October 2006 - Looking at groups of genetic changes may help to predict who will get type 2 diabetes according to a study led by scientists from the Peninsula Medical School in Exeter. In the study published in the open access medical journal PLoS Medicine, researchers from four centres in the UK looked at three common genetic variants in three genes that have previously been shown to increase the chance of developing diabetes, and assessed whether the three variants together were likely to be more predictive than any one.
In a study of more than 6000 participants (2409 people with diabetes and 3668 healthy controls) they showed that each increase in the number of abnormal gene variants carried increased the chance of having diabetes. Each risk variant increased the risk of developing diabetes by 28% and the risk multiplied with each additional risk variant inherited. This meant people with six abnormal genetic variants had a risk of diabetes over 5 times higher than people who had inherited none.
Type 2 diabetes is becoming increasingly common. Many factors influence a person's chance of getting diabetes and these can be broadly grouped into two categories: environmental and genetic. Environmental risk factors for developing type 2 diabetes in later life are obesity, poor diet and a sedentary lifestyle. The genetic risk of diabetes results from inheriting a number of variants in many different genes. Most of these gene variants are common in the population but each gene variant only mildly increases the risk that a person possessing it will develop the disease.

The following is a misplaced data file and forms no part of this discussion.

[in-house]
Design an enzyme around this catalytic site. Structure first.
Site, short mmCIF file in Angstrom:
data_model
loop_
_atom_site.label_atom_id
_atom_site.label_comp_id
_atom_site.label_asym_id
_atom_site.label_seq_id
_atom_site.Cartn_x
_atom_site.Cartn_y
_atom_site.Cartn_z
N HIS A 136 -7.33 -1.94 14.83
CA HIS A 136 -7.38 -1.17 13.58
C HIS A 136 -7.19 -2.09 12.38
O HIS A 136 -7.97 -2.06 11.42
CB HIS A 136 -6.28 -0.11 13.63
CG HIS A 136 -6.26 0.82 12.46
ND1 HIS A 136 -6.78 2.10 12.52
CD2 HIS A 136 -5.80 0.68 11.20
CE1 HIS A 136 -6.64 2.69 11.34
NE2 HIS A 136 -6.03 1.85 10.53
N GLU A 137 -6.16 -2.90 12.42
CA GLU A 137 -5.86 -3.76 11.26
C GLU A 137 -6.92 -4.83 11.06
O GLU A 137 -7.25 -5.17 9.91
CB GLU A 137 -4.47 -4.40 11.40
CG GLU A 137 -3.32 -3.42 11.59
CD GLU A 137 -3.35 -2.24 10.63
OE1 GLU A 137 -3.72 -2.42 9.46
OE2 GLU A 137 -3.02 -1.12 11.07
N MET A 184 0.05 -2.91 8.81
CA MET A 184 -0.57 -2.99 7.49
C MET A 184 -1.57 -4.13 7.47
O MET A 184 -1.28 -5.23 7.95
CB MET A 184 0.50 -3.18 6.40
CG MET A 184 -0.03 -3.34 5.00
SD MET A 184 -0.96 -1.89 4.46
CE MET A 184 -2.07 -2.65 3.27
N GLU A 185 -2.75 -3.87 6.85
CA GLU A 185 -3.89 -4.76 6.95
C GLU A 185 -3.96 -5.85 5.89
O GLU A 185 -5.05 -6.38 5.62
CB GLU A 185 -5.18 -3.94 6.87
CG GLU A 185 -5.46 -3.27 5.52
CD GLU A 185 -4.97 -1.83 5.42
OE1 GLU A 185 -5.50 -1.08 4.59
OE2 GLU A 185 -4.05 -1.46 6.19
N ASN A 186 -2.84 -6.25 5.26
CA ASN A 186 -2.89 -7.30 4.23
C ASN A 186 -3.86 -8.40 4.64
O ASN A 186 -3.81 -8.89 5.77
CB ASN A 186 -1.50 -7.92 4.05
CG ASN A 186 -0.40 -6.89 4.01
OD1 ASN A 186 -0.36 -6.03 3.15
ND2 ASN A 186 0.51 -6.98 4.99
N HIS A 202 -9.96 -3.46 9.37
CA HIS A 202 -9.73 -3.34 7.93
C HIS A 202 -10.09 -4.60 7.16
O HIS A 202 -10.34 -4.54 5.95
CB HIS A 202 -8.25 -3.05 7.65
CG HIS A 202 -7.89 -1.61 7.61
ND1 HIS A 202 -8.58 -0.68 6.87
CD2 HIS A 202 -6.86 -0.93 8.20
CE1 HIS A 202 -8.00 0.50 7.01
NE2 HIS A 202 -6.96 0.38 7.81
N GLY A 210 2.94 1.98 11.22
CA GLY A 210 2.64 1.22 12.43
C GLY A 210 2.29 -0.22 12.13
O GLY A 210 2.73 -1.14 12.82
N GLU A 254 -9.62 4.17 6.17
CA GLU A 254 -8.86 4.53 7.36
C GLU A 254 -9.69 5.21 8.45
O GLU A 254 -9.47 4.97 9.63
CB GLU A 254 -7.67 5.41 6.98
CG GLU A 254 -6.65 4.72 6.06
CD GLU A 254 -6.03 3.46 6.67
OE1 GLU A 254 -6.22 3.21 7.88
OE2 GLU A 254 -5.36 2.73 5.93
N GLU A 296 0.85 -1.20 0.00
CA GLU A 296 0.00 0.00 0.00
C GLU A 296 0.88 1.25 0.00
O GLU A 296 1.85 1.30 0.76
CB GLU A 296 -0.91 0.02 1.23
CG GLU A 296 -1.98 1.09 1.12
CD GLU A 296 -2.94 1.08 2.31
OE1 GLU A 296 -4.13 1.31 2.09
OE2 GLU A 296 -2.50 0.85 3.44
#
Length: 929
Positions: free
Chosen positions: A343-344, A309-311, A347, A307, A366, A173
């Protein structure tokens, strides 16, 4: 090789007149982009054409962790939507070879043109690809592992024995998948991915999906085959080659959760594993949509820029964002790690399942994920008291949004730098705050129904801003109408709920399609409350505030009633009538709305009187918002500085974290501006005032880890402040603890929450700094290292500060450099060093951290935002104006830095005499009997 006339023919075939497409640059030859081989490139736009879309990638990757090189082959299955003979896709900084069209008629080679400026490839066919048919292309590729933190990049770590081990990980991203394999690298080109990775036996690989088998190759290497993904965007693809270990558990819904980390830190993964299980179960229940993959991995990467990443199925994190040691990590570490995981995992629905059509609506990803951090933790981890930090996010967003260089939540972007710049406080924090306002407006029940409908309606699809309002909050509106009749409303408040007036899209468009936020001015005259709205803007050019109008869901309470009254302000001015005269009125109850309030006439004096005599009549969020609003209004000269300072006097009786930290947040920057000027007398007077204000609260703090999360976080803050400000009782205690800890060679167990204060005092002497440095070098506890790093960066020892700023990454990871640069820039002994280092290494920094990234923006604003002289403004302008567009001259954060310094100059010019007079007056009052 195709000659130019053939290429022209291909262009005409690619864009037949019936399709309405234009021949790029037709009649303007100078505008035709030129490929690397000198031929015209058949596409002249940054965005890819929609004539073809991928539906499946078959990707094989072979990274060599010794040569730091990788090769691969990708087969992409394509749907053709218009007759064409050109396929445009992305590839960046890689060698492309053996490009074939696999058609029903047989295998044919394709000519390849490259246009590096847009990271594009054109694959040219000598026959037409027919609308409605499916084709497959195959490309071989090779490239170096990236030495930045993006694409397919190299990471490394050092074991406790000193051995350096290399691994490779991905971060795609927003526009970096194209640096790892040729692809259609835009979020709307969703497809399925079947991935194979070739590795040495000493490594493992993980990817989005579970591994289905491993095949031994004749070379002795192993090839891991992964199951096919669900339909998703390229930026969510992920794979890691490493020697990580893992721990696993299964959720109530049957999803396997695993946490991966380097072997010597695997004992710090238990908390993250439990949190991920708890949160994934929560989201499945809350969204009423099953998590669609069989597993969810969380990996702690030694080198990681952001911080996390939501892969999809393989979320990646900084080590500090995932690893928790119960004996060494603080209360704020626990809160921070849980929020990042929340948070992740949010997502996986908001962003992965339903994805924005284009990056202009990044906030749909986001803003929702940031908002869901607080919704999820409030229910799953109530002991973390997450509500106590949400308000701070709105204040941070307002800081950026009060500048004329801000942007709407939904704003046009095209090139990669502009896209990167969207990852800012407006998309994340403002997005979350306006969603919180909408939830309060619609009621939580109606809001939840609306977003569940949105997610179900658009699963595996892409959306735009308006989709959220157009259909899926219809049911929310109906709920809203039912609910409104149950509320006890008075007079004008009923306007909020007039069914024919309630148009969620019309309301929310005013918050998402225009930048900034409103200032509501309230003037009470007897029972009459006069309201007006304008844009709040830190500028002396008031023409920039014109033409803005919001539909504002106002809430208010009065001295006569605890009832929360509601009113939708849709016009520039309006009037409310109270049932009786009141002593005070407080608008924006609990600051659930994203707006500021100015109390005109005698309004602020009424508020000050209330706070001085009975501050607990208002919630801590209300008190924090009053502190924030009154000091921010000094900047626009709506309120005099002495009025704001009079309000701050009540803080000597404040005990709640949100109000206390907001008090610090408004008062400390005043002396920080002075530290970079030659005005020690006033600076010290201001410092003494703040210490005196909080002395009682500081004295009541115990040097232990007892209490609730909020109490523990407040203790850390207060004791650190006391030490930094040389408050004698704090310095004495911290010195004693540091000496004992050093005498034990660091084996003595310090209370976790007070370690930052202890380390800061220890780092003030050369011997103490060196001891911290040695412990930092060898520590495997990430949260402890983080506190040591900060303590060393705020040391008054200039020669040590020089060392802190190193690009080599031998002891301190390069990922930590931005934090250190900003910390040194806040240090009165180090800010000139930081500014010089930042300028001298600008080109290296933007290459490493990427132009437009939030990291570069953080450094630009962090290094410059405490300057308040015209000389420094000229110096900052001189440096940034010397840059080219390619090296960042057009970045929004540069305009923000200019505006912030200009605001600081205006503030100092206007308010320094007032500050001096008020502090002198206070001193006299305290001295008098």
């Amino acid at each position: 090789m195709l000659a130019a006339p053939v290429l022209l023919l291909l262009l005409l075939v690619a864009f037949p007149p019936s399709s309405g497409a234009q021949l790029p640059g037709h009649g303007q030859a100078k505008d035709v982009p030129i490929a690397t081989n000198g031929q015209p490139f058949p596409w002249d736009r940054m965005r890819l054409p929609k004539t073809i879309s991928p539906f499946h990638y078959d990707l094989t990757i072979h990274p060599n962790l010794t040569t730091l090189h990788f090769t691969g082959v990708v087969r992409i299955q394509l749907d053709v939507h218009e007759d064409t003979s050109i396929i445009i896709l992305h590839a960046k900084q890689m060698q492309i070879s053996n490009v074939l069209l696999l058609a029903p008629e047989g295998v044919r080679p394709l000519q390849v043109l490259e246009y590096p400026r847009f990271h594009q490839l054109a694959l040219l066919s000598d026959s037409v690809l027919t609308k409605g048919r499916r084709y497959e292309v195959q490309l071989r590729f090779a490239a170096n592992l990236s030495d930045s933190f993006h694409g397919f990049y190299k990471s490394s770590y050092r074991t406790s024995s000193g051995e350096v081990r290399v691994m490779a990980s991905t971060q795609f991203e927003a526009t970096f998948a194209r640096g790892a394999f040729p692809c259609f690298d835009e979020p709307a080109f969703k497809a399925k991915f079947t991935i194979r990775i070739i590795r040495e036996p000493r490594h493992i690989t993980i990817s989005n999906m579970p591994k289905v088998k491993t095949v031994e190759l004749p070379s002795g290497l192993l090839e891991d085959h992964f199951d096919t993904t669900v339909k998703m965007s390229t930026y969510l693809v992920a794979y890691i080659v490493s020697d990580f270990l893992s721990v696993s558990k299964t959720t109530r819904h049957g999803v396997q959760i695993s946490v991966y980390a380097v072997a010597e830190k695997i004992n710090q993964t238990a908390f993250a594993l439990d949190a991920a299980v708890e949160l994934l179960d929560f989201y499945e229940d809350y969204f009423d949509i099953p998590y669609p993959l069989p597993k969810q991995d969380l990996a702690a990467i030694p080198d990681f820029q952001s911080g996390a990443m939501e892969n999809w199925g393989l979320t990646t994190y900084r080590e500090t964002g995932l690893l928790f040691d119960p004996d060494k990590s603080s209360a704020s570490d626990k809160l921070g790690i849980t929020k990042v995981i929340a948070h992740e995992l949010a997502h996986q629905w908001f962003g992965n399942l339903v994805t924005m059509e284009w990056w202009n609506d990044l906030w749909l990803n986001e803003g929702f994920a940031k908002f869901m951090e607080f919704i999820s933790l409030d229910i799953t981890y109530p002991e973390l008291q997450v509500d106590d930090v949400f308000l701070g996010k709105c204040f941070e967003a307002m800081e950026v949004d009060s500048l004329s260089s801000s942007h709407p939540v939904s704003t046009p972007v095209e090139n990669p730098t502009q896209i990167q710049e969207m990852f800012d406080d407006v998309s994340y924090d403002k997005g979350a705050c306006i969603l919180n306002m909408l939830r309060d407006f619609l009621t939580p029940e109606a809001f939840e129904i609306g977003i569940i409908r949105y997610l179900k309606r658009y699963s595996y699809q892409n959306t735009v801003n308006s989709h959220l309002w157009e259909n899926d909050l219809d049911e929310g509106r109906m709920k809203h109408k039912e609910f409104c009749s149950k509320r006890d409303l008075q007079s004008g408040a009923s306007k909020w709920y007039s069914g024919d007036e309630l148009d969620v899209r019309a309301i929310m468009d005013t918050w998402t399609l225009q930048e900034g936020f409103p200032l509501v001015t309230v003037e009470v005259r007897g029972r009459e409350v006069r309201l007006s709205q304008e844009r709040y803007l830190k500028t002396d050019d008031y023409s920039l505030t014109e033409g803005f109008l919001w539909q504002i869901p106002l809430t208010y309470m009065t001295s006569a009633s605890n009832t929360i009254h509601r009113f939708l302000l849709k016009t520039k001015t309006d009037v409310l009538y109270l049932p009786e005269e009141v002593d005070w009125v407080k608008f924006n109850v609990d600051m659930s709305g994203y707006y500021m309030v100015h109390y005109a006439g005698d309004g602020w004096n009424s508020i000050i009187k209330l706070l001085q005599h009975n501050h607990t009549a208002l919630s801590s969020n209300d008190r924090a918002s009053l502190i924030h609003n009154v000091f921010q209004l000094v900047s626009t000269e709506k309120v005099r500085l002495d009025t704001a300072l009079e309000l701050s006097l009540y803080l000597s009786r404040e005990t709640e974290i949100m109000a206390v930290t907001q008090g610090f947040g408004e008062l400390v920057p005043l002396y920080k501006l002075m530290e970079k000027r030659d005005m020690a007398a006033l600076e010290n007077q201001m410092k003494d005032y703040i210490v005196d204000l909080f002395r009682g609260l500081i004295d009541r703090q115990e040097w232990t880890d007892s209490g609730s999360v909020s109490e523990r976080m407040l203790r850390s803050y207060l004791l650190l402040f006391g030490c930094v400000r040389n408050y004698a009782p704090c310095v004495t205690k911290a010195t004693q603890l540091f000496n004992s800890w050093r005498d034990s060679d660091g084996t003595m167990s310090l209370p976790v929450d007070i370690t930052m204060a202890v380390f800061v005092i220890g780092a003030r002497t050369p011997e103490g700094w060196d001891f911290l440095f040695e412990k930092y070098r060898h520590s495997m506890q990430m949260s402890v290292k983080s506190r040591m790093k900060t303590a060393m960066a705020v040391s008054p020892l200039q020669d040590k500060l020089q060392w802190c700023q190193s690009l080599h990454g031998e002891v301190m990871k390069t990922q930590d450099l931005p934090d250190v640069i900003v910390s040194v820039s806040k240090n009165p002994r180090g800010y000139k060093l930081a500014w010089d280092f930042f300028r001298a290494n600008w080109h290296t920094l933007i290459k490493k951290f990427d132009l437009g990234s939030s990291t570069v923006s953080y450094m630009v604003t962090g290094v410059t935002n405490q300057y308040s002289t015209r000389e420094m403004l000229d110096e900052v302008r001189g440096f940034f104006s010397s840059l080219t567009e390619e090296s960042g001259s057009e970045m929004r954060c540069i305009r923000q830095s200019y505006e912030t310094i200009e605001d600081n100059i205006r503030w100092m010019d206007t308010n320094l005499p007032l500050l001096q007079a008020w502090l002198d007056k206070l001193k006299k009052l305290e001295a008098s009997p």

This analysis suggests that using information on multiple variants, rather than just one, is likely to be more accurate in predicting future risk of diabetes. This could provide a tool to help target members of the population who are at highest risk and hence the most likely to benefit from approaches aimed at preventing diabetes. Precisely how this genetic information should be used alongside the established preventative measure of intensive lifestyle intervention requires further study, but the authors conclude that "This approach may have a role in future preventative measures for common, polygenic diseases."
Citation: Weedon MN, McCarthy MI, Hitman G, Walker M, Groves CJ, et al. (2006) Combining information from common type 2 diabetes risk polymorphisms improves disease prediction. PLoS Med 3(10): e374.
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Source: PLoS Medicine